Is Hydroxychloroquine an Effective Treatment for COVID-19?
Should COVID-19 patients be treated with hydroxychloroquine?
by Causes | 4.8.20
What's the story?
- As healthcare providers around the world scramble to find effective means of treating COVID-19 patients, one of the oft-mentioned potential treatments is the anti-malarial drug hydroxychloroquine.
- President Donald Trump and his allies have continued to tout the off-label use of this drug for COVID-19. However, it's still unclear just how effective and safe it is.
- The U.S. Food and Drug Administration (FDA) recently authorized the emergency use of hydroxychloroquine to treat COVID-19 patients who cannot participate in clinical trials.
Off-label use in COVID-19 patients
Based on some accounts, hydroxychloroquine does save the lives of COVID-19 patients.
- Michigan State Rep. Karen Whitsett (D-Detroit) credited hydroxychloroquine with saving her life after her health "plummeted" after contracting the novel coronavirus.
- In a Monday, March 6 interview with 'The Ingraham Angle," Whitsett said:
"I really want to say that you have to give [hydroxychloroquine] an opportunity. For me, it saved my life. I only can go by what it is that I have gone through and what my story is, and I can't speak for anyone else. So that's not what I'm trying to do here. I'm only speaking for myself."
- Recounting her experience with hydroxychloroquine, Whitsett said she felt much better within a few hours of taking the medication.
- In Texas, 60 hospitals and pharmacies have received over 550 bottles of hydroxychloroquine. In the Dallas-Fort Worth area, hospital systems confirmed on Tuesday, March 7, that they have already prescribed hydroxychloroquine to treat COVID-19 patients.
Touted by Trump
- Despite offering the disclaimer that he is "not a doctor," President Trump has repeatedly touted hydroxychloroquine in his daily briefings. He has called hydroxychloroquine used in combination with the antibiotic azithromycin "one of the biggest game changers in the history of medicine" and pushed for its immediate use.
- On Sunday, April 5, President Trump asked "What do you have to lose?" five times with reference to testing hydroxychloroquine.
Doubts and concerns in the medical community
- Despite the Trump administration's outward optimism and anecdotal evidence (like Whitsett's experience), some health professionals argue that hydroxychloroquine is unproven and carries multiple, significant risks.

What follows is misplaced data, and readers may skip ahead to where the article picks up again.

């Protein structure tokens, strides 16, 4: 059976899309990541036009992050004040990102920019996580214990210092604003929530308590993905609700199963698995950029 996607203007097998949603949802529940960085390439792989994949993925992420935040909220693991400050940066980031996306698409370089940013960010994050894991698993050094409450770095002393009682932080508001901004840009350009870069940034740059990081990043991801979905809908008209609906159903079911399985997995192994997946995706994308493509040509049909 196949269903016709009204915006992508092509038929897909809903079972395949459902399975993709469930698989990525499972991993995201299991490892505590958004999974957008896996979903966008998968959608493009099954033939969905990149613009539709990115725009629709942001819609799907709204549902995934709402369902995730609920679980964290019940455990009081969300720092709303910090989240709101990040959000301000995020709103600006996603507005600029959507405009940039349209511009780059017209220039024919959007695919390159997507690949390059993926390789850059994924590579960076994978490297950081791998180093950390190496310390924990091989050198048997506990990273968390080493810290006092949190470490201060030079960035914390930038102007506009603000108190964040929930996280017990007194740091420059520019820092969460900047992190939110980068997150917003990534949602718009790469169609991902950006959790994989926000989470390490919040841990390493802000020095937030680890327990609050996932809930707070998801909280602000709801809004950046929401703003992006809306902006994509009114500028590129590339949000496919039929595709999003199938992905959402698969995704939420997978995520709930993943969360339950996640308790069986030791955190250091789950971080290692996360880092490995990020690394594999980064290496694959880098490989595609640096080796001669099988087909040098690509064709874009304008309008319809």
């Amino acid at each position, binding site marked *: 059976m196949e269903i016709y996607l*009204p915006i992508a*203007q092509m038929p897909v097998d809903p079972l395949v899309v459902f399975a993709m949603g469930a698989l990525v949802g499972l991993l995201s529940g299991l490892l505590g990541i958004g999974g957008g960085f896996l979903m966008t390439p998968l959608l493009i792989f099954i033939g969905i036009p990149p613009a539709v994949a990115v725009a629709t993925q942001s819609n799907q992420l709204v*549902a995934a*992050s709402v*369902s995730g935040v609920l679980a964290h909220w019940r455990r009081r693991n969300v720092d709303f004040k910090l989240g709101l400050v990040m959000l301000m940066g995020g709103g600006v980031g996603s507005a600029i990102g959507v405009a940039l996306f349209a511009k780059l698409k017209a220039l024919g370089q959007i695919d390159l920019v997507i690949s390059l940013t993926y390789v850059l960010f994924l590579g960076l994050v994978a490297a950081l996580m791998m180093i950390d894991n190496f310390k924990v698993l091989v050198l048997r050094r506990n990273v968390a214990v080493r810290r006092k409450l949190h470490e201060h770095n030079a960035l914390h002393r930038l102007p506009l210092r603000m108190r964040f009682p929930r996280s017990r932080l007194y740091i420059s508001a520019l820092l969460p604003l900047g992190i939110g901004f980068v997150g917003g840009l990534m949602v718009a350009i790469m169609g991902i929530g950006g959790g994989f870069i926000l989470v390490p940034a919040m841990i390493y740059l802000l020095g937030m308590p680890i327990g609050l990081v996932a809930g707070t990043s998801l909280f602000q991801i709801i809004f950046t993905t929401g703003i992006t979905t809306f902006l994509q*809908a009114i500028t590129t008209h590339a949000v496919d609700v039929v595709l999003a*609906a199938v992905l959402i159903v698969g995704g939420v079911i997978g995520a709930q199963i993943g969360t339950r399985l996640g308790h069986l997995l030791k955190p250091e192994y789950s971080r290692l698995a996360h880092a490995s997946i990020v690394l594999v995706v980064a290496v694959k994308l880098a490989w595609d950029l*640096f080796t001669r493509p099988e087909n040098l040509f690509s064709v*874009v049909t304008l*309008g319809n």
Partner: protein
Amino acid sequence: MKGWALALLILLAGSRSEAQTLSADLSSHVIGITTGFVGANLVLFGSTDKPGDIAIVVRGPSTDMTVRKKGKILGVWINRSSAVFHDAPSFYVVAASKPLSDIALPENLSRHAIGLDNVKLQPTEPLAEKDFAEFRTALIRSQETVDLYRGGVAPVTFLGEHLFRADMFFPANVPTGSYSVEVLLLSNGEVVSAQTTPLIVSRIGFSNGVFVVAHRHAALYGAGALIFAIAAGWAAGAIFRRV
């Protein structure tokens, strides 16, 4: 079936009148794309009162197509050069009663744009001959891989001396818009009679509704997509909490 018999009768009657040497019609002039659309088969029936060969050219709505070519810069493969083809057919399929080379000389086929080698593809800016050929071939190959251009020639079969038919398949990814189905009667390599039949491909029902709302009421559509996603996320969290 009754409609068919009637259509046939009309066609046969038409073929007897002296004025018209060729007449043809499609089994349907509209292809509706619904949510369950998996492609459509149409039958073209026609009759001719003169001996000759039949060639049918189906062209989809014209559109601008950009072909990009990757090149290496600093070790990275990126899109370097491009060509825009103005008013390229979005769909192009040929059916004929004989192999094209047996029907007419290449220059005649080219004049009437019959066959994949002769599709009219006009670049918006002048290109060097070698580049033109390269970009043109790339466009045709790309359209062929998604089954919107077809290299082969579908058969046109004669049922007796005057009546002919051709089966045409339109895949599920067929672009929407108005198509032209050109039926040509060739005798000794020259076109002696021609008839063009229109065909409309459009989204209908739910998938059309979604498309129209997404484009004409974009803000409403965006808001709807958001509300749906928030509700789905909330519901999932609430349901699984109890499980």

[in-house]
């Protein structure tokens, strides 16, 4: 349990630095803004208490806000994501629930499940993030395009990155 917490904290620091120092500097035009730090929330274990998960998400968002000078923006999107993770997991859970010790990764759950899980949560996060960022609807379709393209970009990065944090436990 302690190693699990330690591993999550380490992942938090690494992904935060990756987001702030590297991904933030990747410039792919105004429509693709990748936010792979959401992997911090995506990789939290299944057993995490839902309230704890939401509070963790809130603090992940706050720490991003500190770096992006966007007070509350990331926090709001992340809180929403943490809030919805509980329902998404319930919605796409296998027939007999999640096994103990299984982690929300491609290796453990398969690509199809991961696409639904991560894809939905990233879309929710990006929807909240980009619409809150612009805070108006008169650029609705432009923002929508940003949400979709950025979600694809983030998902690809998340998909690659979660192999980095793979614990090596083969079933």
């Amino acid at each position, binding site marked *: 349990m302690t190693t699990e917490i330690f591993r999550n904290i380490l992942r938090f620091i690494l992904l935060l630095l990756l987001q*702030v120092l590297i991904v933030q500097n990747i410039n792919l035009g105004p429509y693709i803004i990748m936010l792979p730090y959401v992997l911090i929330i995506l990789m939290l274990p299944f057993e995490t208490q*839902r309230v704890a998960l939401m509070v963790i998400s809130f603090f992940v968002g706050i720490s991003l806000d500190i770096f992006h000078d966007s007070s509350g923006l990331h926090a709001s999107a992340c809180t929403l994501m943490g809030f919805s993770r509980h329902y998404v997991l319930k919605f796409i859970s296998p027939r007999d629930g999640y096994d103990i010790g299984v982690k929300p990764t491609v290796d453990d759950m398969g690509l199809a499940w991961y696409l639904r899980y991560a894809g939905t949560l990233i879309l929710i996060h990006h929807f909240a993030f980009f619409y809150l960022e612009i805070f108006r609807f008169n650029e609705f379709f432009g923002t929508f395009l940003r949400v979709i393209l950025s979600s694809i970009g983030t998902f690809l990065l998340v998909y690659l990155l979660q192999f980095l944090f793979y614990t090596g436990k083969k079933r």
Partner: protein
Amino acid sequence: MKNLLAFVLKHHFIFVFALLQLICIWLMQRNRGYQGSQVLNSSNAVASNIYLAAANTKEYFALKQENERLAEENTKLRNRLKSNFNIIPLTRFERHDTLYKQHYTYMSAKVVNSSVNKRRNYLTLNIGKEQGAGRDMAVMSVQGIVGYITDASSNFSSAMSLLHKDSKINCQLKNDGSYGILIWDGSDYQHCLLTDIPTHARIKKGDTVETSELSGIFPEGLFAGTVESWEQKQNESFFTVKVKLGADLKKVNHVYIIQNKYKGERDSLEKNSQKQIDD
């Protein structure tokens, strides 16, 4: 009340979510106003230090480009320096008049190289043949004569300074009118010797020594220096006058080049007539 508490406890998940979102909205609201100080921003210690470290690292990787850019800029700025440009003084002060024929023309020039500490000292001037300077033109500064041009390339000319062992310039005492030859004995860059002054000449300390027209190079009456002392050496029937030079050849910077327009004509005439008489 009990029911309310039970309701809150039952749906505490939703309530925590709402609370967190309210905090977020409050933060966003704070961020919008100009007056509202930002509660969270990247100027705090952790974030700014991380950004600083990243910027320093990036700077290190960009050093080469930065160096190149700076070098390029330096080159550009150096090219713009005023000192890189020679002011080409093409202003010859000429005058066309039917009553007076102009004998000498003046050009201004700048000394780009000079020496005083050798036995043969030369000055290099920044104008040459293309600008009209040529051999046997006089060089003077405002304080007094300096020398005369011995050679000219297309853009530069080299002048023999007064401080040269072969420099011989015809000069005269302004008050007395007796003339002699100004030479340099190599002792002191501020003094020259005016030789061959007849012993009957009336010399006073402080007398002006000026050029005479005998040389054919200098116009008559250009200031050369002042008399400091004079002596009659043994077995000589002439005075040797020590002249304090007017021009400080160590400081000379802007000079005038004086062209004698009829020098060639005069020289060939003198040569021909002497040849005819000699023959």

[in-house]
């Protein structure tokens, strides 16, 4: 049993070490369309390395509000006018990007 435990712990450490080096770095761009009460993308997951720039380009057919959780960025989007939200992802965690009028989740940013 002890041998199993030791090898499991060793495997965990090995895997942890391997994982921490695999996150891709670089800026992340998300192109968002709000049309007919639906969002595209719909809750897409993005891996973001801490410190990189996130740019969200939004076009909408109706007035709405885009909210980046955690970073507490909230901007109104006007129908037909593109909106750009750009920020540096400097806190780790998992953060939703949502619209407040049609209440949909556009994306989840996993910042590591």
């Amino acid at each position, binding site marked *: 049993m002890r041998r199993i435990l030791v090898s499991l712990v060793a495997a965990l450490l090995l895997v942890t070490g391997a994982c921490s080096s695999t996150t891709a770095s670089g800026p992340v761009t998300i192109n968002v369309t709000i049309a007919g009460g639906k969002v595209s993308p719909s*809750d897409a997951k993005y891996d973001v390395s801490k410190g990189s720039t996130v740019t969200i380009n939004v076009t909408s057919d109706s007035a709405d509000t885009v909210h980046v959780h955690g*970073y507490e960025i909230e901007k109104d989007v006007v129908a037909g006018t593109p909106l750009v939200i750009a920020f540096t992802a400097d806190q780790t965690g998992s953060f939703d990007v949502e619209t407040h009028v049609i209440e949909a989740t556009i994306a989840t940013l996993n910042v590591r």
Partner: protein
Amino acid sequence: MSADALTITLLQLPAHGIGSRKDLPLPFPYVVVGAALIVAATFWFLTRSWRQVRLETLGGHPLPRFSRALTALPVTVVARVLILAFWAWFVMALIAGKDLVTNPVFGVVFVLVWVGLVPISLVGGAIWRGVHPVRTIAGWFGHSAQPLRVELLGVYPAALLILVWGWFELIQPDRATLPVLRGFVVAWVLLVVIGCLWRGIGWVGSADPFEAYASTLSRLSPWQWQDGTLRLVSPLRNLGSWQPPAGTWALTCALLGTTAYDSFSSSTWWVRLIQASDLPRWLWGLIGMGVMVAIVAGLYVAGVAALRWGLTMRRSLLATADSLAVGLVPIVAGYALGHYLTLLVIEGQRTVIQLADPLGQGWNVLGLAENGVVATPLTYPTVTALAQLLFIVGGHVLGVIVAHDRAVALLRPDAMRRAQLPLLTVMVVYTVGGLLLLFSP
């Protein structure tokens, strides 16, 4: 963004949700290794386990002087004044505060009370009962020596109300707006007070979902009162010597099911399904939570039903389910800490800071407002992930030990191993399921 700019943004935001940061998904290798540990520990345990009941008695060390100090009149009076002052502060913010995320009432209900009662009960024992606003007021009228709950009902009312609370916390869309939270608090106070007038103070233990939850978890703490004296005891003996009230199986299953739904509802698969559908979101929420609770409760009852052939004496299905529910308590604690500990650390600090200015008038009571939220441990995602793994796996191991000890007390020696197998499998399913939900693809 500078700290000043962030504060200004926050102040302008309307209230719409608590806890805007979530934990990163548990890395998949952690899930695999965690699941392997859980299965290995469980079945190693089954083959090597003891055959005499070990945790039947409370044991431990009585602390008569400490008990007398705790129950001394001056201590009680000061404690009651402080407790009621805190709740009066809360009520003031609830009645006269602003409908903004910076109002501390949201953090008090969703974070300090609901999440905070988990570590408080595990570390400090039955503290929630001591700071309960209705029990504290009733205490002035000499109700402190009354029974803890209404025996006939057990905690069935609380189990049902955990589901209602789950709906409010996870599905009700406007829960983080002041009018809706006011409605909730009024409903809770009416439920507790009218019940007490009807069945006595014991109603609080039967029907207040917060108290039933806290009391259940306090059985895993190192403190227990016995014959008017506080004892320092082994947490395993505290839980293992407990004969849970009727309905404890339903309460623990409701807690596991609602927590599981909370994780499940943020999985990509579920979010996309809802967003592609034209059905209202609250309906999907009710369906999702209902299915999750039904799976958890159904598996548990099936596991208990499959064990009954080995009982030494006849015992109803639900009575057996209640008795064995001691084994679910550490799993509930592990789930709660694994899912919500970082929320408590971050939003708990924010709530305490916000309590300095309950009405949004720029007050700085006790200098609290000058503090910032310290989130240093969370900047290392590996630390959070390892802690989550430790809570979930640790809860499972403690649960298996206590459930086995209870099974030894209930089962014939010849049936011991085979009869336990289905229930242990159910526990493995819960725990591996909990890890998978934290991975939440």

- They also point out that Trump's promotion of its off-label use in COVID-19 patients could lead to a shortage of this essential medication for patients who normally use it for other illnesses, such as lupus and rheumatoid arthritis. In fact, according to some reports, lupus and arthritis patients are already facing hydroxychloroquine shortages.
- Crystal Howell, an infectious diseases pharmacist and assistant professor of pharmacotherapy at the University of North Texas Health Science Center, says she "personally would not take [hydroxychloroquine] for [COVID-19]" because the evidence for the drug's use is not strong enough.
- Howell added that she would not recommend hydroxychloroquine to all patients due to its side effects, which include abnormal heart rhythms (arrhythmias) that can be fatal, irreversible vision loss, and aplastic anemia (a rare condition in which the body stops producing enough new blood cells).
- In another sign of the medical community's skepticism over hydroxychloroquine, Michael Ackerman - a genetic cardiologist and director of the Mayo Clinic's Windland Smith Rice Genetic Heart Rhythm Clinic - took the unusual step in late March of issuing guidance for physicians, advising them against prescribing hydroxychloroquine for COVID-19 patients.
- Even within the Trump administration, Dr. Anthony Fauci, the government's top infectious disease specialist, has warned against putting too much stock in hydroxychloroquine. In a Sunday, April 5, interview on CBS' "Face the Nation," Dr. Fauci said:
"The data [on hydroxychloroquine's use in COVID-19] are really, just, at best, suggestive. There have been cases that show there may be an effect and there are others to show there’s no effect. So, I think in terms of science, I don’t think we could definitively say it works.”
Questionable motivation by Trump?
- President Trump may have personal financial interest in Sanofi, the French drugmaker that makes the brand version of hydroxychloroquine, Plaquenil.
- Based on President Trump's 2019 financial disclosures, three family trusts have investments in the mutual fund company Dodge & Cox, which include shares in a number of drug companies, including AstraZeneca, Novartis, Bayer, GlaxoSmithKline, and Sanofi.
- However, it's worth noting that President Trump's stake in Sanofi is fairly small and that Plaquenil is a very small part of Sanofi's business. In 2019, for example, the drug wasn't even broken out by name in its financial accounts, whereas 33 other medications were.
- Additionally, as Vox writer Emily Stewart points out, a president promoting a product made by a company they have only a very small stake in would be a very inefficient way of (corruptly) gaming the system:
What do you think?
Now that you've heard both sides: Would you consider taking hydroxychloroquine if you were sick with COVID-19? Should the president divest from Sanofi? Take action above and tell your reps, then share your thoughts below.
(Photo Credit: iStockphoto.com / BartekSzewczyk)
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